Some things on this site:
I went to the office yesterday, and then went out with people I only knew through video chat for food at a restaurant. Wild times.
Massachusetts reported zero COVID-19 deaths yesterday too. I’m not one to jump to “it's all over” now, and as of right now my next visit to the office is scheduled for 2022, but I will take some joy in things moving in the right direction instead of only the wrong one.Permalink
It was getting a little noisy around here, so I made some changes. An Album a Day posts won’t show up individually on the home page or in the RSS feed any more, I’d rather do more of a weekly recap post. Also I switched the blog feed to have titles and (if they exist) descriptions with a read more link, not the full post. I was looking for something I wrote the other day and had a hard time finding it which is not great!Permalink
After fixing up my old Squier Stratocaster last Summer, it became my go to guitar when I sat down to play over my other Strat, a 2000 Lone Star. I started to wonder why, since the Lone Star is (or should be) the nicer of the two. I sat down and looked it over and tried to figure out what was wrong, and this is what I came up with. Note that “at some point below” could have been any point in the last 20 years:
Aside: when I bought this guitar I was debating between it and an Ibanez Jem. Looking back at the advertising for it, I wonder what part of it I found appealing. 🤔
I pulled the strings, cleaned and lubricated everything, installed locking tuners and a spring for the tremolo, and dropped the pickups down to lower than they were when I got it. I don’t love the Texas Special pickup in the neck but I do oddly love it in the middle, and I’m too lazy to muck around with changing just the neck pickup out.
Locking tuners. Why didn’t I do this years ago.
Of course, if you really want to test tuning stability, you give your guitar to your five year old and let her do her best Hendrix impersonation.Permalink
I think I’m most surprised by how popular Things and Notion are in their respective categories. That's not to say I think it's undeserved, they're both great, especially the latter, I’d love to work somewhere that has replaced Confluence with Notion.Check it out
Picked up some more boxes of “stuff” from my parents house while visiting for Easter. Among the piles, CDs for web browsers for both the Dreamcast and Playstation 2. Funny to think that 20 years ago “going online” was still a thing you had to do on a console, instead of the constant state of modern consoles.
And among a box of floppy disks, one of my early forays into web development! I dumped this entire floppy here. It says the site was generated by Arachnophilia which amazingly still sort of exists. My email address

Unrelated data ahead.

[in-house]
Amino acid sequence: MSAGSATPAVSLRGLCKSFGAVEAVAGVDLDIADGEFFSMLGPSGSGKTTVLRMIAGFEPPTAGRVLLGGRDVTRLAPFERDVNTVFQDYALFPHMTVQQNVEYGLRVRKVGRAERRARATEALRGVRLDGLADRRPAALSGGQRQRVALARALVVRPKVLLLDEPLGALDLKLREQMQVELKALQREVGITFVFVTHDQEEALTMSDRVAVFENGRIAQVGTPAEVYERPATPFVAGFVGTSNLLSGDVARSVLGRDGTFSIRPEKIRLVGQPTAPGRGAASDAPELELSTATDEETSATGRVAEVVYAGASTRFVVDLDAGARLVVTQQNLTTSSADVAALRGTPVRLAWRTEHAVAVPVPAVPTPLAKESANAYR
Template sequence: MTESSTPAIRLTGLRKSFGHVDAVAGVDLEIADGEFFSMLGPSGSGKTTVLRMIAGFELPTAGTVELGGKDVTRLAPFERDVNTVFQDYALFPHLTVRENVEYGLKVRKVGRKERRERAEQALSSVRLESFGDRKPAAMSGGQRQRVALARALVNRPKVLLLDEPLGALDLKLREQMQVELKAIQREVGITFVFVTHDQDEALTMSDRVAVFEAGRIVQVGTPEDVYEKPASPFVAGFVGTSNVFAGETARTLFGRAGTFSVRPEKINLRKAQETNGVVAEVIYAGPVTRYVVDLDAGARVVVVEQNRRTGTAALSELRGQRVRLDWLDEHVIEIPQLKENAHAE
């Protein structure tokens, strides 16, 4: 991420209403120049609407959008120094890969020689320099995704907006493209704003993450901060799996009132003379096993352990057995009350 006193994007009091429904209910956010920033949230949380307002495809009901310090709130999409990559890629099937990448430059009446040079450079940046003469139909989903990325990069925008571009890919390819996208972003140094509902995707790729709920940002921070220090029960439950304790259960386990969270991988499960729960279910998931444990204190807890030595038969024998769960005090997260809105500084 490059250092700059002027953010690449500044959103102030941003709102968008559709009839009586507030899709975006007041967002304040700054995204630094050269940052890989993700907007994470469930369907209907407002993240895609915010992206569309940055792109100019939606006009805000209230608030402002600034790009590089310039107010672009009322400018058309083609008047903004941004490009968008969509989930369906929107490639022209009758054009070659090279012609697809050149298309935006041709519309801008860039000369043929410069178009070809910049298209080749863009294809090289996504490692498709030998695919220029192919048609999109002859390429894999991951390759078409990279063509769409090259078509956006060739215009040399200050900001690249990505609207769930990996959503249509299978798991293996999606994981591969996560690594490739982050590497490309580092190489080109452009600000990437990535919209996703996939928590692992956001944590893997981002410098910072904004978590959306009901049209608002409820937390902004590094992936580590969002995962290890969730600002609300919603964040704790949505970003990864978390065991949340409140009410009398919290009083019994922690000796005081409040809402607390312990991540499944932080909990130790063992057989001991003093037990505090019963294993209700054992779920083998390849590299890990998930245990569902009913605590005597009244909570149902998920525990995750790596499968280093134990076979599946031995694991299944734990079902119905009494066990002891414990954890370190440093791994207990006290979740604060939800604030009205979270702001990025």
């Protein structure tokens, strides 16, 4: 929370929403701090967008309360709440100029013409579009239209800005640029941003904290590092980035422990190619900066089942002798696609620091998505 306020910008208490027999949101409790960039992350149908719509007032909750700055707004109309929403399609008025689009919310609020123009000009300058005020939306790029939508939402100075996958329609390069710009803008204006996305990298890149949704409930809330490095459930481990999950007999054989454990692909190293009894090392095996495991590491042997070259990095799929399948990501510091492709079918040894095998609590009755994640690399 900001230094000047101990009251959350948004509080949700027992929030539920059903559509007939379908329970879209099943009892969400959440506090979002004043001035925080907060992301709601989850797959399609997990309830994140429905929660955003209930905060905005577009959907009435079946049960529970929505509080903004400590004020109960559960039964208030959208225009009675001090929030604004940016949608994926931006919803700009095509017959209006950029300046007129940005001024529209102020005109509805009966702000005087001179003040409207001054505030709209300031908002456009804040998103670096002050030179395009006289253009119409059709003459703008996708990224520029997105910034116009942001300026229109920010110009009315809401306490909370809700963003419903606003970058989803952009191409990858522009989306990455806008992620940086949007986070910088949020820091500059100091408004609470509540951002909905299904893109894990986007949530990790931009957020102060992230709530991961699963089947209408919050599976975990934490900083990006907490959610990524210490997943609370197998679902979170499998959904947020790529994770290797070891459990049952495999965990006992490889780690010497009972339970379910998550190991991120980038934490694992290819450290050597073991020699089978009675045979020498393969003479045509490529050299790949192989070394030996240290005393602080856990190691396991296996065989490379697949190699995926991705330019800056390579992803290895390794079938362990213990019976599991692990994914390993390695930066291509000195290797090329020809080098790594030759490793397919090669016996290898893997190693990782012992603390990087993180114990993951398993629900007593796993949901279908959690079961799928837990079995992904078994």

@earthdome.com definitely does not!
Three days in the office, two days at home is the ideal combo in my mind, and every time I write about remote work I come across more evidence that lots of people want something roughly similar, but so much of the talk is about all-or-nothing scenarios that most people will hate https://t.co/eRmii4NJ5Z— Amanda Mull (@amandamull) April 1, 2021
I’ve always been an office employee, and over time I’ve seen almost every combination of working schedules. My ranked list:
This order has a few caveats: I have almost always had a “long” commute (it’s likely average by American standards but it’s long to me). 1-3 are pretty arbitrarily arranged and mostly based on the jobs I had those schedules at and how often other people were in the office. If 4x10 became 4x8 it would probably immediately jump to the #1 spot — there’s no substitute for an entire day back to yourself, but 10 hours of knowledge work is too much to expect from a brain on any given day.
I've been running a personal experiment on this lately.— madalyn (@madalynrose) April 8, 2021
I bought a chess timer and start it when I sit down at my desk in the morning. I toggle timers for breaks (scheduled or necessary). I stop counting time when I'm too fried to go on for the day.
~5 hr work ~1 hr not on avg pic.twitter.com/ir5vmnObzD
4x8 versus 4x10 and the pandemic schedules which tended to drift into “never in the office but always available” brings up a lot of other questions about availability of time versus actionable time. There were dedicated marketing campaigns for 24/7 office work pre-pandemic, and I don’t think anything has gotten better in that regard.
One of the most important lessons I learned in my working career was from my first job. I was a contractor but I worked with a bunch of IAM machinists, and at shift change, down to the exact minute, they’d be pushing the doors open and running for their cars. Granted, they couldn’t take their work home — some of them worked with tools the size of small house, but that mentality of “the work day is done” has stuck with me.Permalink
I don’t follow the Red Sox nearly as closely as I used to, but I at least knew today was opening day. Or, was supposed to be, I saw it was cancelled. The last time I was at Fenway for opening day was 2009, and the weather was about the same, low 40s and rain / something that looks like snow but lands as rain. It was the middle of three events at Fenway that were each so miserably cold that I gave up on going for at least five years.
In a completely unrelated mental thread I referenced Adium today, and remembered that for a long time I had the Red Sox Adium duck in my dock, which made me wistful for a bunch of things, but maybe more non-square dock icons than anything.